College Columns May 2016 Issue - Page 10

The National Bankruptcy Archives

Adam L. Rosen

Chair, Archives Committee

have had a significant, positive effect on our practice. For example, Judge Steven Rhodes’ oral history has been taken, and Judge Midge Rendell’s is scheduled. The Committee also is working to improve the Archives’ website hosted by the University of Pennsylvania Law Library to make it more accessible to scholars, students and lawyers. Consistent with the College’s mission, the Archive Committee is striving to increase the visibility of the College and the National Archives. Brace yourself, the College now has a Twitter account: @AmColBankruptcy. And, be sure to check out Archive Committee member Melissa Jacoby’s Twitter account: @melissabjacoby.

Part of our history is the life and work of Leonard M. Rosen. In 2003, Leonard was honored with the College’s Distinguished Service Award. He passed away in 2014, and his influence and legacy endure. What follows are excerpts from a 1994 oral history taken by Randall Newsome, and a 2013 discussion at the St. John’s University School of Law. The oral history is available at https://www.law.upenn.edu/library/archives.

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Leonard M. Rosen on beginning Wachtell Lipton, Hiring Harvey

Miller, and the 1979 Chrysler Work-Out

Beginnings

I was born in the Bronx, New York, went to William Allerton High School, and then City College of New York. I graduated in 1951 as an accounting major. I was a subway commuter during college. I then went to NYU Law School from ’51 to ’54 and did well academically having made the law review.

After graduation I was drafted into the Army and served basically in the Washington DC area, it was an audit agency, which was an agency that audited the transactions with the Army; it was a good job. Traveling out of Washington, we covered Virginia, and Maryland -- basically contractors involved in ships in Norfolk, and contractors involved in animal poison gas and stuff like that in Frederick, Maryland. I traveled, lived in Baltimore, and came home weekends, it was good.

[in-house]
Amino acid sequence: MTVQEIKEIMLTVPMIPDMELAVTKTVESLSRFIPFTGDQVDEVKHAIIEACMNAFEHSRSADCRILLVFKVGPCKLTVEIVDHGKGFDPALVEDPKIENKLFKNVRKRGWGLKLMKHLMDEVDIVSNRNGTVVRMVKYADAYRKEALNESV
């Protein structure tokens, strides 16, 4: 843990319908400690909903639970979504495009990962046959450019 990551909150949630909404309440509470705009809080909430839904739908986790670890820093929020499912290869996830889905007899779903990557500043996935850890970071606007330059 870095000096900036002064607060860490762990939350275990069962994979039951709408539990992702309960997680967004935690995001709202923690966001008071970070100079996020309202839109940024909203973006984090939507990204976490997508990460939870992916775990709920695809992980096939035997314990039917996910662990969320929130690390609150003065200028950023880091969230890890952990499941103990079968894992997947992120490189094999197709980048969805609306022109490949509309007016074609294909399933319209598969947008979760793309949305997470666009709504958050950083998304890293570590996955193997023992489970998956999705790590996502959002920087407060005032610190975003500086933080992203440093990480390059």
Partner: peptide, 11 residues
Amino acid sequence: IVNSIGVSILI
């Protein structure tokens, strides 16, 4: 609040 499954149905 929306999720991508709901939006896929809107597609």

Even though I graduated from law school in 1954, I took the bar exam in 1956 after returning from the Army. I started looking for a job in 1956. Being Jewish and coming out of NYU, it was not a great setup and so even though I was third or fourth in the class, had a pretty good record, I had interviews with about three Wall Street firms, and one or two Jewish firms, I did not get an offer from any of them. Wall Street firms were still not used to NYU and they weren’t used to having too many Jewish lawyers --they had a couple of them. And then the Jewish firms were German Jewish firms and my background was Russian Jewish and that made a difference back in those days. It doesn’t anymore, but it did in those days.

The prominent German Jewish firms were Paul Weiss, and Proskauer Rose. I did get interviewed by one of them, but I didn’t get an offer. Maybe it was just due to being me, but I had a good academic record, that’s all I can tell you.

I knew Marty Lipton from the law review and he had a part-time job when he was going to law school at NYU with a firm in New York – Seligson, Morris & Neuberger. Marty was clerking for Judge Weinfeld at the time and Marty said “why don’t you go to this firm” and I went there. Among my memorabilia is a postcard that came from David Sykes, who was a partner in that firm inviting me to come to an interview.

Charles Seligson was the dean of the bankruptcy bar at the time. He was the co-author of Collier on Bankruptcy, was a prominent bankruptcy practitioner, taught litigation as well as bankruptcy law at NYU, and was a very bright man. Lincoln Morris was sort of a corporate genius, great personality, he wanted to be an actor, he was an actor as a lawyer, great with clients...

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The Archives Committee continues its work in preserving the legacy of those who